Our Story


     Alive Theatre was founded in January 2008 by CSULB theatre grads Jeremy Aluma and Danielle Dauphinee, with considerable help from their peers. Its inaugural production, the Cherry Poppin’ Play Festival, was mounted at The Garage Theatre, a venue graciously provided by another Long Beach company founded by CSULB alumni. The festival consisted each night of two different one-act plays, seven original plays in all, and a rockin’ musical interlude.  A collection of over 70 artists were involved in creating the festival, all able to experience the birth of Alive Theatre.  The raw energy of the productions prompted one local critic to write, “Judging by the chemistry of this galvanized group, along with their professionalism and talent, I predict a rash of breakout stars … as well as a thriving future for the company" (Marchelle Hammack, Beachcomber Newspaper).

   Alive's second production, Cabaret: Rock the Boat 2008 took place on Duke’s Riverboat, a true sternwheeler moored at Rainbow Harbor in Long Beach. The show gave audiences a chance to take a short cruise while enjoying satirical sketch comedy and an eclectic musical program. The group's production led James Scarborough to write, “This charismatic company continues to mature. Venue-less like Wandering Dutchmen (adrift, metaphorically and, aboard here, literally) they’re branding themselves as a must-see experience of what live theatre in a cabaret setting can do: entertain you in umpteen iterations as they continue to reinvent themselves in new, startling, and delightful ways.”

   This spirit of reinvention fueled the search for yet another venue, which led to the historic Lafayette Ballroom in downtown Long Beach. The 'dome room', built in 1928, proved to be the ideal setting for American playwright Don Nigro's Lucia Mad, a sensuous comic drama about James Joyce’s daughter, her obsession with Samuel Beckett, and the sometimes tragic consequences of artistic genius. The peripatetic company by now had caught the attention of David C. Nichols of the Los Angeles Times, who wrote: “Literary history swarms with accounts of fragile psyches undone by love, and Lucia Mad undoes with the best of them … Lucia Mad announces a company well worth watching.”

   Koos Art Center was the site for Alive's fourth offering, 28 Plays Later, a rapid-fire revue of 28 short original plays crammed together into a single bill. This artistic experiment was ‘filled with vibrant explosions of uncensored thought and noise, exploiting the X-generation's proclivity for escapist indulgence while satirizing ourselves and everyone else, holus-bolus.'  Greggory Moore of The District Weekly said, “What Alive Theatre is doing is simple: it’s vaudeville for the 21st century… there can be no doubt that Alive sells every moment, expending enough energy to qualify as a workout.”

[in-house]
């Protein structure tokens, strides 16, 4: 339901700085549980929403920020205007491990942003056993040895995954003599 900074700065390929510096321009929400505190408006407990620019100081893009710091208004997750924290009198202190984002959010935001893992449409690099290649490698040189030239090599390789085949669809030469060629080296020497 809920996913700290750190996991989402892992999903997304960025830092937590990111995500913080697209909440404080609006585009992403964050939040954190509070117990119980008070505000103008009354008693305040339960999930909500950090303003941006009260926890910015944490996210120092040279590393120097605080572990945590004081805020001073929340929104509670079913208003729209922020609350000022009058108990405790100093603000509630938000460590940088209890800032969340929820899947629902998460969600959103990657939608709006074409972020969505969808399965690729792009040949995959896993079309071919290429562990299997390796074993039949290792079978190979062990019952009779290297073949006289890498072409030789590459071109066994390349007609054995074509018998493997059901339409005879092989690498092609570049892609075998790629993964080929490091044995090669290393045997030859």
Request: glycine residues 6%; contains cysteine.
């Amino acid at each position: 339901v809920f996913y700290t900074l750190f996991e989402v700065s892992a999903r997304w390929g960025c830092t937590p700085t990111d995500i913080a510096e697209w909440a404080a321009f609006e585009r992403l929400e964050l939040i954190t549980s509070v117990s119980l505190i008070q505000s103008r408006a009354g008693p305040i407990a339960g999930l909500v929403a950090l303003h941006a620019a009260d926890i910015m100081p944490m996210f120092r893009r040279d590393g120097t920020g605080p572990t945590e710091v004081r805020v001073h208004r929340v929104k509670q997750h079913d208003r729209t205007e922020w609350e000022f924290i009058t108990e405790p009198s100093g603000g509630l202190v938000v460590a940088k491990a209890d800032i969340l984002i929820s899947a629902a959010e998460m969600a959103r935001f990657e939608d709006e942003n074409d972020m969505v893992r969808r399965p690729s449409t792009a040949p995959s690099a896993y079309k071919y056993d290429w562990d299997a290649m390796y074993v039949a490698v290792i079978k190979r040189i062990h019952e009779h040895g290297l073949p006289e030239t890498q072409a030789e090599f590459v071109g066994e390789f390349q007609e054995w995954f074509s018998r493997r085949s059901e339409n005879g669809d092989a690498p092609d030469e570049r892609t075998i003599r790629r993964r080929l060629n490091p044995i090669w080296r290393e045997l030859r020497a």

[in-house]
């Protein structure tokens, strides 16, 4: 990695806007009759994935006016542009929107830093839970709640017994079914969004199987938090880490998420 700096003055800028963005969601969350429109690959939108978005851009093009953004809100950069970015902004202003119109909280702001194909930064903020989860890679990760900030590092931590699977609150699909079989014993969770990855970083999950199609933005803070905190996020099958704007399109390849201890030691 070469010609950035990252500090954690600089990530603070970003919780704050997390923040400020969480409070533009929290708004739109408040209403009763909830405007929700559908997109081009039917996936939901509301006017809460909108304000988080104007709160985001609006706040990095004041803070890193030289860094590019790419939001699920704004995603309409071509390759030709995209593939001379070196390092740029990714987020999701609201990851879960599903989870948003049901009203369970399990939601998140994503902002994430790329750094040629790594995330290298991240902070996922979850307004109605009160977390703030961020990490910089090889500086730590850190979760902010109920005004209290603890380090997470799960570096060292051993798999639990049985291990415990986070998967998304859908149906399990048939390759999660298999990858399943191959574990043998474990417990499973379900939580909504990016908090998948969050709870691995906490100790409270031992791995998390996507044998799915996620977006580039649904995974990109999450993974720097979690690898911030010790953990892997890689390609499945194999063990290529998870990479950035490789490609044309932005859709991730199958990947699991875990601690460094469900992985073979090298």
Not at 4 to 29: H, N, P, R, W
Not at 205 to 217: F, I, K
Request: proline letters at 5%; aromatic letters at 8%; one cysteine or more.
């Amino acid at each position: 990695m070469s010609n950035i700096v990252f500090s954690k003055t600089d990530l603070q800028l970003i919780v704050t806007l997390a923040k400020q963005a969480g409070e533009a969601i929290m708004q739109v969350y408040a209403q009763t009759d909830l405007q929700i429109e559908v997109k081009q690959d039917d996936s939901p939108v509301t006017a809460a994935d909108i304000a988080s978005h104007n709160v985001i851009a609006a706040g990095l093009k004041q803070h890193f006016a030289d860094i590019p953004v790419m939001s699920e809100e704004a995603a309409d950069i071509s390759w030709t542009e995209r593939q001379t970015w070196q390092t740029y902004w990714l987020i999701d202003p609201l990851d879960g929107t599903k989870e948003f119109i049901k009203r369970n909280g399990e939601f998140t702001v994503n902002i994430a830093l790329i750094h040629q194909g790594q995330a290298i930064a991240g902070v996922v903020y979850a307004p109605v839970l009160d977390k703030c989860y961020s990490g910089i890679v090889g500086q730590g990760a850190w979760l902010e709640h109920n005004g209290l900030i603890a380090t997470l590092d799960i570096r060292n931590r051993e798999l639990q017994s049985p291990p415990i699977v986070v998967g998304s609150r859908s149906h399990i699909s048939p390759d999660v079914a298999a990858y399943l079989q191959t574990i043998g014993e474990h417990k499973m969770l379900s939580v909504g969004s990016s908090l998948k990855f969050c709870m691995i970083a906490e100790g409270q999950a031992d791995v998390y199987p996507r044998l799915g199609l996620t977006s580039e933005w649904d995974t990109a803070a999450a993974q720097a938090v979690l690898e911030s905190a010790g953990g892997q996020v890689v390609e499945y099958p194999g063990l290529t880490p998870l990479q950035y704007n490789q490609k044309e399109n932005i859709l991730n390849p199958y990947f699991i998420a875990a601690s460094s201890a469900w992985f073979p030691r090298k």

In the fall of 2008, Alive began looking beyond Generation-X to the future theatergoers of the world. Grimm’s Fairy Tales, an interactive retelling of four lesser-known tales from the Brothers Grimm, premiered at the auditorium of the Long Beach Main Public Library, and then toured to local schools. The library’s main branch recently had been in the news due to a suggested (then retracted) threat of closure by the economically-strapped municipal government. That Alive chose this venue to kick off its educational mission resonated with at least one local critic. “In itself an itinerant theatre company doing outreach is delicious. Doing it in a saved-in-the-nick-of-time library is downright spectacular.”

But that wasn't enough for the company's first full year, so an experimental branch, Alive Theatrevolution, was established to test the boundaries of audience expectation. City streets, nightclubs, public libraries, Alive's projects were everywhere.

   “The Alive Theatre finds these sites (band shells, riverboats, hotel ballrooms) and animates them, alive and kicking. They create the same anticipation that Apple creates just before a new product release. They make us wonder, what will they do next?” James Scarborough, Grunion Gazette

      For the company's second season they reprized the frenetic event that started it all.  The 2nd annual Cherry Poppin’ Play Festival was housed in the often overlooked gem that is the Royal Theatre aboard the Queen Mary, testing their luck on the water yet again! The festival was supported in part by a grant from Arts Council Long Beach. Alive Theatre packed the Queen Mary’s theatre almost every night of its 9-night run with its 6 world premieres.  Nine different local Long Beach bands opened each night (featuring such bands as Avi Buffalo and Free Moral Agents), five local visual artists showcased their work in the ship’s lobby and the festival was chosen to be part of Long Beach’s Visions~Voices (Smithsonian Week Affiliate). The multitude of collaborations and partnerships forged with 2009’s festival aided significantly in furthering Alive Theatre’s mission to reach out and to strengthen the bonds amongst artists in the Long Beach community.  The company also published its very first book… a collection of all the new plays in the festival!

    References to Salvador Dali Make Me Hot by José Rivera at the internationally renowned Museum of Latin American Art (MoLAA) was another groundbreaker for Alive Theatre by being MoLAA’s first ever theatrical production.  Playwright José Rivera was present at its closing and received MOLAA’s prestigious ‘Black Sun’ award in honor of his contributions to Latin American culture. “I was very moved by the generosity of the award and by the excellent performance of my play… I see a lot of my work produced and you have no idea how refreshing it is to honestly tell you that was great!” (Academy Award nominated screenwriter, José Rivera).

    Alive Theatre looked, yet again, to the future theatre-goers of the world, with its children’s summer camp.  The company was honored to be invited to join CSULB’s ‘Young Artist Camp’ for the camp’s first offering of theatre classes and performances. This lead one parent to write: “The week before (the camp) James didn’t want to go- he thought it was gonna be stupid and un-cool.  From the 1st day forward he came home raving about how great it was every day.”